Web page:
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How to Write Unbiased Survey Questions

Writing unbiased survey questions is the first step in ensuring your findings are actionable, and insightful.Writing a survey can be a daunting task, especially when it comes to designing the questions in a way so they don’t lead your responders. Writing leading questions not only skews the data, but it also limits what findings can be determined. This checklist will help you to write unbiased survey questions.

1. Likert Scale

The likert scale is a tool used to determine how strongly a respondent agrees or disagrees with a statement (Strongly Agree, Agree, Neutral, Disagree, Strongly Disagree). By using a likert scale in your survey you avoid displaying your bias in the nature of the responses allowed.

2. Assumptions

Never make assumptions in your questions. Questions should be formed around facts and statements rather than opinions.
For example: The question “Do you agree that dog owners should be able to walk their dogs without leads in the park?” is making the assumption that dog owners want to be able to walk their dogs without leads, and that more people will agree with the statement. By placing an opinion in the question, you are leading people to respond in that way.

3. Open Ended / Other

Always include an “other” or an “open ended” section for questions that may restrict responses. Asking someone to confine their opinion or responses into pre-determined ‘buckets’ may be blocking you from uncovering valuable trends.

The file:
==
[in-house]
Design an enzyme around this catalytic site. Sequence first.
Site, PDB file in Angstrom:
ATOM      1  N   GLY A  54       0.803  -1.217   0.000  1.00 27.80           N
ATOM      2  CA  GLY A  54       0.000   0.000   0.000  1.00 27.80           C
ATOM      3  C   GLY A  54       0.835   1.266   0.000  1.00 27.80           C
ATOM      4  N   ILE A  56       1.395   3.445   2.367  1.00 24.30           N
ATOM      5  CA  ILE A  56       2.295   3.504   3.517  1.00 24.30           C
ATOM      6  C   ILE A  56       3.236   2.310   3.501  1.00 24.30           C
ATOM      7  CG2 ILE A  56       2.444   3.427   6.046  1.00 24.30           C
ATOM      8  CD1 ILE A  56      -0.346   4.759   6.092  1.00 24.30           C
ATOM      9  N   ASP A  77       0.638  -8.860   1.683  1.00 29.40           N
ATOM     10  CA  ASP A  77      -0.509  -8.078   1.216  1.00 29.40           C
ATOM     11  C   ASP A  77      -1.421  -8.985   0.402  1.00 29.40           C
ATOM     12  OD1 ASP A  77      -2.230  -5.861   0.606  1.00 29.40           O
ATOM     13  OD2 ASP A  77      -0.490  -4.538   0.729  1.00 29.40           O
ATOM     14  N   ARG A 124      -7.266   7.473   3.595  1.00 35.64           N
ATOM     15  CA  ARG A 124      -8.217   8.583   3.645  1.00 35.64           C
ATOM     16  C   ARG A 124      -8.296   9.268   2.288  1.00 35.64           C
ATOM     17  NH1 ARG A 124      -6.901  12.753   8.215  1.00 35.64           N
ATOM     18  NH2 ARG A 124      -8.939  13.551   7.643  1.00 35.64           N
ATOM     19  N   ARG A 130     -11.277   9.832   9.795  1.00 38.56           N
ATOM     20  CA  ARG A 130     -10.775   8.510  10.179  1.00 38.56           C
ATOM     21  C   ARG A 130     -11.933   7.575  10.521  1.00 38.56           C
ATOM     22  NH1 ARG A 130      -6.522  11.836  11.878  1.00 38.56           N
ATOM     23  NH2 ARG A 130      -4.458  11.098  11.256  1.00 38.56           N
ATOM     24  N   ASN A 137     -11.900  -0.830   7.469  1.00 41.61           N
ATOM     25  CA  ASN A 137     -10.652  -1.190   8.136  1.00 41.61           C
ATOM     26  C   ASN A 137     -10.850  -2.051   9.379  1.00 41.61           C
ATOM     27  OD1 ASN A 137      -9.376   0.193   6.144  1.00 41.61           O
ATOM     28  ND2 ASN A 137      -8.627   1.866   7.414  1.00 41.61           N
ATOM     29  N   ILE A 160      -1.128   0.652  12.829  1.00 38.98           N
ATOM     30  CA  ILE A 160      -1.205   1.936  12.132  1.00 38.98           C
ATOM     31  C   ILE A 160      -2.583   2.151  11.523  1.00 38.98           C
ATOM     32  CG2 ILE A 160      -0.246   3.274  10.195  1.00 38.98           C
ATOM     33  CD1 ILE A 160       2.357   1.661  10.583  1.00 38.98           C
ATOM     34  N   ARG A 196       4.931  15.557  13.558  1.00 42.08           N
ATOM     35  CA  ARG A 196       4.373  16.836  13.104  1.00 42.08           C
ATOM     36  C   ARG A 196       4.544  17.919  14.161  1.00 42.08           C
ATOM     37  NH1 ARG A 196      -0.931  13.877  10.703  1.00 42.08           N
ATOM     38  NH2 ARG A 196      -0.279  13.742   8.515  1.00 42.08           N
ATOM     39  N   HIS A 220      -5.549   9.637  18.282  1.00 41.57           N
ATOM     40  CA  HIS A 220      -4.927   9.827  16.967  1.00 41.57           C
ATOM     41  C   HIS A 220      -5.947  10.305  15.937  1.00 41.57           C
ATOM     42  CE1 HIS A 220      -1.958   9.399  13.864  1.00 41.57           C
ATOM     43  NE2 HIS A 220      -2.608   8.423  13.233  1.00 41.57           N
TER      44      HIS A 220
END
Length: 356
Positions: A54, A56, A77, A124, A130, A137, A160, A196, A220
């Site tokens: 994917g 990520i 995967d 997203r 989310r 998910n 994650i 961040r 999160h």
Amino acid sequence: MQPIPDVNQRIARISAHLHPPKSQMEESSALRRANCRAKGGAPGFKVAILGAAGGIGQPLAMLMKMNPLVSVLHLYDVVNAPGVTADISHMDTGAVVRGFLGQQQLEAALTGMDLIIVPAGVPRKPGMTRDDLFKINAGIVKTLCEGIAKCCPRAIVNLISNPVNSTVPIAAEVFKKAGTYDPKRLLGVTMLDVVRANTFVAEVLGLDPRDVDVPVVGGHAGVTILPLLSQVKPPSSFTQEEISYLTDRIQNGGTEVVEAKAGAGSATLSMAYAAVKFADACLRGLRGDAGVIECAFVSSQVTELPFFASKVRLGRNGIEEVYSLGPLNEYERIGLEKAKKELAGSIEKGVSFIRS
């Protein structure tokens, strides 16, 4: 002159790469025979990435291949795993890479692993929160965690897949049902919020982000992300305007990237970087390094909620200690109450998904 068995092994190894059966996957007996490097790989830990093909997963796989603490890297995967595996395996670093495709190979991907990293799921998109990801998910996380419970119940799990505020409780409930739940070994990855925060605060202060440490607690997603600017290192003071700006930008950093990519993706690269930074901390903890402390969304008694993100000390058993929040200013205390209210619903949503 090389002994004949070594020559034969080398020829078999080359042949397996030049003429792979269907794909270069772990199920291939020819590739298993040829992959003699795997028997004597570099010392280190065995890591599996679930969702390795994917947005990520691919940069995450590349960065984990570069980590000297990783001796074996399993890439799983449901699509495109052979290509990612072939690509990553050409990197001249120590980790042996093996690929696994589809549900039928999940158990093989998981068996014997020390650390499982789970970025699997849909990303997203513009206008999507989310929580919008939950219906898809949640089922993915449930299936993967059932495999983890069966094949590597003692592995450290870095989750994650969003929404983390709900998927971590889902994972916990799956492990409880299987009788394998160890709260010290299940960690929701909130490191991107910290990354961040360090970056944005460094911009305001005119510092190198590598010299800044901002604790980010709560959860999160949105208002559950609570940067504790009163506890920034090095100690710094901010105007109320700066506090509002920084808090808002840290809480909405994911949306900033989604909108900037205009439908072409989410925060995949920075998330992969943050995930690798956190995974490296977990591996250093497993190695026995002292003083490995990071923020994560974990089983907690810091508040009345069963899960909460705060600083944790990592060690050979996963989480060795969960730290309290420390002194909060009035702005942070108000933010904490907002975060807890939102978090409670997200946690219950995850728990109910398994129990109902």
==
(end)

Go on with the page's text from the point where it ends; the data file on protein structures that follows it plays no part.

4. Clear and Concise

All questions should be clear in their delivery and be answerable by everyone that you’re asking.

5. Double Barreled Questions

Double Barreled questions are questions that ask people to consider more than one concept.
For example: How do you feel about the new lays chips flavors, Southern Biscuits and Gravy and Greektown Gyro?

By asking responders how they feel about two separate concepts in one question data will be misleading, and may not be revealing of the right data.

6. Test the Survey

It’s usually difficult to detect our own bias in questions, so run your survey past friends and family and see if it yields surprising results. If you know the way someone feels and they respond differently take another look at the question and see if you lead them to that response.

Here are some examples of re-writing your questions to eliminate the bias:

Biased: How much did you enjoy the webinar?

Unbiased: On a scale of 1-5, please rate your enjoyment of the webinar.

Biased: How satisfied are you with the information you received?

Unbiased: Please rate your level of satisfaction with the information provided in the webinar.

Biased: A recent poll indicated that 88% of people were happy with our last webinar. How do you feel about the webinar presentation?

Unbiased: Please tell us your feelings on the overall webinar.

One of the biggest reasons businesses with inadvertently write biased questions is because usually it’s encouraged to write actively, whether it’s in resumes, blog posts or anything. In surveys, however, you want the writing to be almost bland and straightforward. This way you will eliminate the bias and accurately capture the participants true sentiment.

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